No. As long as there are no lesions or outbreaks that occur on the breast and you wash your hands after using the bathroom, there you should not be able to transmit the virus.
Only.... ..If, through poor hygiene, virus-contaminated secretions are smeared by unwashed hands on the breast.
Not. The herpes virus generally passes through contact from an infected lesion to broken skin or mucus membrane. You wouldn't want to expose the baby (or anybody) to an open sore or contaminated hands or objects.
Not. Only germs that enter your blood have the potential to enter your breast milk. This one will not. This germ passes through direct skin to skin contact.
Yes. If you have vesicles on your breast. It's ok to breastfeed when they are gone.
If I take acyclovir for a year, will it effectively reduce the amount of genital herpes virus in me I have genital herpes and when I got it, my ex-boyfriend didn't have any outbreak or at least I didn't see it. So I'm really worried if I will pass it to m
Unfortunately. Unfortunately the herpes virus will remain dormant in your nerves indefinitely. The twice daily Acyclovir is merely suppressing the virus in order to decrease frequency and duration of outbreaks. The odds of you passing the herpes virus on to your partner is decreased when there are no active lesions, and further decreased while on suppressive therapy. You will have to discuss the risks with him and decide what's right for you as a couple. As far as pregnancy goes, you can try to achieve a pregnancy like anyone else. The issue is during delivery. There are complications that can occur during delivery if an outbreak is present. If you decide to become pregnant your OB or provider will guide you on treatment and delivery options.
Not long. On most surfaces, maximum survival is measured in a matter of seconds. It may be prolonged on warm, wet surfaces, but it still remains a very delicate virus outside the body.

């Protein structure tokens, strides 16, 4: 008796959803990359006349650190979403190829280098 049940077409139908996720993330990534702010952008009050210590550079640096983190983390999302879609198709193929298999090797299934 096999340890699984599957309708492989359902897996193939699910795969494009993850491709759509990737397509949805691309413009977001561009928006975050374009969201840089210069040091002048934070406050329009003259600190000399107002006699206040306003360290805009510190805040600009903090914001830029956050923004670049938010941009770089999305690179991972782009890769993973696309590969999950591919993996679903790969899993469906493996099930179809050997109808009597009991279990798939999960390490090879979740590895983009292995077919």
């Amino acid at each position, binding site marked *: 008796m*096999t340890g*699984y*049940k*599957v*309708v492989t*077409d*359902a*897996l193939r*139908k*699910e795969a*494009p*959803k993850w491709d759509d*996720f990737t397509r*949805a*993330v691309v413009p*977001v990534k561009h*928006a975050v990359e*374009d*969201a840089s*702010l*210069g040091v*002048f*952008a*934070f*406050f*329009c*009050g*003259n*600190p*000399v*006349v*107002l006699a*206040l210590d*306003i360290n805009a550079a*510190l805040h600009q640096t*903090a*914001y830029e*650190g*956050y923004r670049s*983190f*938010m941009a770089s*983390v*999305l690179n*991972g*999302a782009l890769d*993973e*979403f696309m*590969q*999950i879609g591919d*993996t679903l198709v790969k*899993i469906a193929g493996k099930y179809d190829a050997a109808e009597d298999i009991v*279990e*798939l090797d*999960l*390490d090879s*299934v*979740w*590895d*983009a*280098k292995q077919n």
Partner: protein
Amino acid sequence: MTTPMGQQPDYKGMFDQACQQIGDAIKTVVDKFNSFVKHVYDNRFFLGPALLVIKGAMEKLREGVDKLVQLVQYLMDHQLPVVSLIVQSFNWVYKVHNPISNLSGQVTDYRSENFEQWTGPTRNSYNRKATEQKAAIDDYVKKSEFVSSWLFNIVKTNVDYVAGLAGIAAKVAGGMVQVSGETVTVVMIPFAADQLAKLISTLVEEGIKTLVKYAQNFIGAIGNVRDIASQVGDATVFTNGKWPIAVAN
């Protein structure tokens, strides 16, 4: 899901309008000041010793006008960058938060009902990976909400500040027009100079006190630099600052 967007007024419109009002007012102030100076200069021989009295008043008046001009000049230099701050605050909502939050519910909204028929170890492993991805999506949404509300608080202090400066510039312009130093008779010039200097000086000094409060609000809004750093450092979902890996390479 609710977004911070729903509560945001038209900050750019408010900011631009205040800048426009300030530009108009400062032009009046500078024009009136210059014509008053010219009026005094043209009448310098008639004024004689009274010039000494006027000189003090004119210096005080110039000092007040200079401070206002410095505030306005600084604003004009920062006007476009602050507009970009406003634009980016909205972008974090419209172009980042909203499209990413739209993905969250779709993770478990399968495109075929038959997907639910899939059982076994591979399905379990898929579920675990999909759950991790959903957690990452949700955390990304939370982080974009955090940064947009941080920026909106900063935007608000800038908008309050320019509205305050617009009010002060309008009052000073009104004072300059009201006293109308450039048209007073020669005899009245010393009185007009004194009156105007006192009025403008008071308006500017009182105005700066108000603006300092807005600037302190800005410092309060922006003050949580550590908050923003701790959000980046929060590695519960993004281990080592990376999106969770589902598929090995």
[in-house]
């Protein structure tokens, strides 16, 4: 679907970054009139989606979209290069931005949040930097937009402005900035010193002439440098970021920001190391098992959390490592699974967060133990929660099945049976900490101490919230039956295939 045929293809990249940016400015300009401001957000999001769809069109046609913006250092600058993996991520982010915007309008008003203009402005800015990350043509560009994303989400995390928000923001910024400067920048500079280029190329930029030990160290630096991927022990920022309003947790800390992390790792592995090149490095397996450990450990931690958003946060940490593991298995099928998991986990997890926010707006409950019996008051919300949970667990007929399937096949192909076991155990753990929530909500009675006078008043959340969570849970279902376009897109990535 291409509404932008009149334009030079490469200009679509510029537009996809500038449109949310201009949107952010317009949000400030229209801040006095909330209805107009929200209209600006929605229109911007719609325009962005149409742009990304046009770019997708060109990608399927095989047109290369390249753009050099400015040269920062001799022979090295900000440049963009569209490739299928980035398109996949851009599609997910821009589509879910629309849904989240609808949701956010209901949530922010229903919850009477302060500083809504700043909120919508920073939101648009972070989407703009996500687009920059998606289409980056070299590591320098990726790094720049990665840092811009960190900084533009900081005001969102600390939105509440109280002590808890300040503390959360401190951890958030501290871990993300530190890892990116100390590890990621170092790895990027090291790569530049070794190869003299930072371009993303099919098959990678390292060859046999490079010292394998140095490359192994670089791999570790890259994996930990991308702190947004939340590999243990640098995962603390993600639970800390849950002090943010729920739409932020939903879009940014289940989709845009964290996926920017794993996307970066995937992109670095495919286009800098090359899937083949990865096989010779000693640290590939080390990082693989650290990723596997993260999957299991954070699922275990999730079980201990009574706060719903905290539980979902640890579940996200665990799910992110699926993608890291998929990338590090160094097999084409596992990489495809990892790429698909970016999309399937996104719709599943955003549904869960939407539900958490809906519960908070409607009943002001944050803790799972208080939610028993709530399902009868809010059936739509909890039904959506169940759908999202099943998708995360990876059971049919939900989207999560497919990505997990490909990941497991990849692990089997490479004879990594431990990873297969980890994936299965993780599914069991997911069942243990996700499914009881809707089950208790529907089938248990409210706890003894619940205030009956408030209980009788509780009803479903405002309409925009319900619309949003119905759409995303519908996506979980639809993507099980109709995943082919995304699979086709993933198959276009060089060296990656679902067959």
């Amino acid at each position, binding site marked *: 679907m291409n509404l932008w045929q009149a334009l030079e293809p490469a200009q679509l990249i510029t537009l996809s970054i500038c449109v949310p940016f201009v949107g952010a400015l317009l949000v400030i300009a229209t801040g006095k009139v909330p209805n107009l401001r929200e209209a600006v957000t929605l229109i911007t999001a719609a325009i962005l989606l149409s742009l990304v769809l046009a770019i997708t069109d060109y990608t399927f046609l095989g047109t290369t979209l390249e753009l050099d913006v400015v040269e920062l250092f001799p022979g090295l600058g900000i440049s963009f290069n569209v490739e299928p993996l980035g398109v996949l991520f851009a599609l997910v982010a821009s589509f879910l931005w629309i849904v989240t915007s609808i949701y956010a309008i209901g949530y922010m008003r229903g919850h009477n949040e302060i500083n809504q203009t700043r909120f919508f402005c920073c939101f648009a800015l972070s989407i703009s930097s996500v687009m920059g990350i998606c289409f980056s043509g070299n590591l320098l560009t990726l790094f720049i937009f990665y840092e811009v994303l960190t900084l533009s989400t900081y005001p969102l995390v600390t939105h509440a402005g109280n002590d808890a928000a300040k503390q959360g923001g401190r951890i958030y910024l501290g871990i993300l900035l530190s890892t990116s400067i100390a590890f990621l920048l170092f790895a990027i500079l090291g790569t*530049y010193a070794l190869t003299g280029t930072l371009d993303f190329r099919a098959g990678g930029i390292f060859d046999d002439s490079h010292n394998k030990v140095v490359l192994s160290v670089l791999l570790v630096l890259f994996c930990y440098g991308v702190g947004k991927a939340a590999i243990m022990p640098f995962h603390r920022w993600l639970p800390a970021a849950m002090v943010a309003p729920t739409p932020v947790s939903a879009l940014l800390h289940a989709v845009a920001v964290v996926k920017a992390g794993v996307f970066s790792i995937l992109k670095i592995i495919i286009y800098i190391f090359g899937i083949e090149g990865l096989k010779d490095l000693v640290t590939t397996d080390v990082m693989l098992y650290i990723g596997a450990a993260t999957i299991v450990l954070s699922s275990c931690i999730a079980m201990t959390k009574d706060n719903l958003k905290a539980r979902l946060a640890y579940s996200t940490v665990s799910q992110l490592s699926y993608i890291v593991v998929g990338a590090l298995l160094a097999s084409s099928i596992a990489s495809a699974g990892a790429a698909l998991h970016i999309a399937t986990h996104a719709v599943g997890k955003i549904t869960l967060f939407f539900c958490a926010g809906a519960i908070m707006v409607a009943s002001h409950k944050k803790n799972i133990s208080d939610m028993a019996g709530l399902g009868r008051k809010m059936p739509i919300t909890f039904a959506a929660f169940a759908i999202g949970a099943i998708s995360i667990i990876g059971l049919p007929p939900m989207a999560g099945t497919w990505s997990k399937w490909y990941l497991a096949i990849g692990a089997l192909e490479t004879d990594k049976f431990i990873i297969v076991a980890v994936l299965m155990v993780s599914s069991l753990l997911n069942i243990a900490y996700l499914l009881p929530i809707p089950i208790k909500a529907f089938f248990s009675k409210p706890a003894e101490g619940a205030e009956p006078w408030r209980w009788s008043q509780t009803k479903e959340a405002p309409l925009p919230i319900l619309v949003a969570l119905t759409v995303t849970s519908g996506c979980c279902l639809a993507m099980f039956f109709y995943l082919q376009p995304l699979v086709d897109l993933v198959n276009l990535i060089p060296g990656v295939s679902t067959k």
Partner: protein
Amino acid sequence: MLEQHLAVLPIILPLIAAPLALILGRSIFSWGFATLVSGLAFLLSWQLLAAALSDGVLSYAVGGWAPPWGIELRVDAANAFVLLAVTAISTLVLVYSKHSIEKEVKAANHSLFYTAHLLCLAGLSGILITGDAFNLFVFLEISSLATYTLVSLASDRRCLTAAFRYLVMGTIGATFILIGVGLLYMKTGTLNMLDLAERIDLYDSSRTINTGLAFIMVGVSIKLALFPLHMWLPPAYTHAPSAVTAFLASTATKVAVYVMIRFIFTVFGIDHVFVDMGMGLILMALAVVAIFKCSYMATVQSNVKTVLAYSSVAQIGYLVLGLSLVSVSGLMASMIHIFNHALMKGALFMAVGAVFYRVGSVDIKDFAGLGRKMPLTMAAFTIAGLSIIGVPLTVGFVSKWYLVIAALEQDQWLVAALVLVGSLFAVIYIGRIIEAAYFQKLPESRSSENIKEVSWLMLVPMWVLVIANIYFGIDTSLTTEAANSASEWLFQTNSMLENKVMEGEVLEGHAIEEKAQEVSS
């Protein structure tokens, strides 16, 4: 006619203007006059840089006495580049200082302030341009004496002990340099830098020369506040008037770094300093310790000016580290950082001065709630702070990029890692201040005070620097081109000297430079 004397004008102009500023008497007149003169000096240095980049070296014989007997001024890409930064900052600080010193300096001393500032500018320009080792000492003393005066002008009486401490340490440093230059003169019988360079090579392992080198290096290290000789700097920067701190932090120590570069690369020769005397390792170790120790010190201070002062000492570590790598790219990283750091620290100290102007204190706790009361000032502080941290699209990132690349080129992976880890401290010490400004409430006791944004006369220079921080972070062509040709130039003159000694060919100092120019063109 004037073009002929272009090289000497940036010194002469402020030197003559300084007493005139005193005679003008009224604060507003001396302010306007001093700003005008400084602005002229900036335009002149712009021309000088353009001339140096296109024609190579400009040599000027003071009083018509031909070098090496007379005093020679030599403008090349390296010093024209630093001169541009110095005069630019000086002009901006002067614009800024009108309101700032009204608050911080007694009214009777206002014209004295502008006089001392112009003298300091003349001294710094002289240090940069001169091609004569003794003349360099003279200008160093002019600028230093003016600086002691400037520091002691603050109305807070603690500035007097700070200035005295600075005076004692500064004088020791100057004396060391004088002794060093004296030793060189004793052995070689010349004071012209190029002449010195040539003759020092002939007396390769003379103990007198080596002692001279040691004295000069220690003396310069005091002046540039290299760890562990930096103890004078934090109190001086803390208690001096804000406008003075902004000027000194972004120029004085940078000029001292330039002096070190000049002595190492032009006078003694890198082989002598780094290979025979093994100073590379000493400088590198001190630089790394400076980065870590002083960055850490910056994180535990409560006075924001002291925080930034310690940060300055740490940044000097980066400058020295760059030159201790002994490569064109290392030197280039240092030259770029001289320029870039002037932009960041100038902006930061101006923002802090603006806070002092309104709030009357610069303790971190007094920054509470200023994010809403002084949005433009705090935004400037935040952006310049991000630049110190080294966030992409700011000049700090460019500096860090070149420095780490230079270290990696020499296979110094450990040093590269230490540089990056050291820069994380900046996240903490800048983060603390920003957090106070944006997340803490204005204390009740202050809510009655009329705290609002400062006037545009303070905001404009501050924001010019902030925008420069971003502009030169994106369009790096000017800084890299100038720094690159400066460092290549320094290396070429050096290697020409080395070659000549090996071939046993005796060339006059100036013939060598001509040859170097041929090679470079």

Not long. Viruses require living cells in which to propagate in order to remain viable. As soon as they are expelled as free virus they will not last long against environmental conditions. If living cells containing virus are excreted, they too will not survive very long. This is one of the reasons that there is seldom if ever transmission of these agents by inanimate objects.
No. In people with genital herpes, the virus is only present in the infected skin and the nerves supplying that area. It cannot be transmitted through urine or saliva, and probably not semen.
Yes. The virus you are referring to is called herpes simplex virus (hsv). There are 2 main types: type 1 and type 2. Type 1 is more commonly associated with cold sores and type 2 is more commonly associated with genital herpes. The virus is transmitted via direct contact with the sores of someone who is already infected with it. There is currently no known cure for hsv infections.
Herpes simplex. There are two serological types of this virus. It was formerly felt that type1 produced oral and lip cold sores and that type2 produced genital herpes, but with oral sex so common both types can be found in both places. The virus is essentially the same, but the serotypes are different. There is also some difference in their capacity to produce central nervous system disease.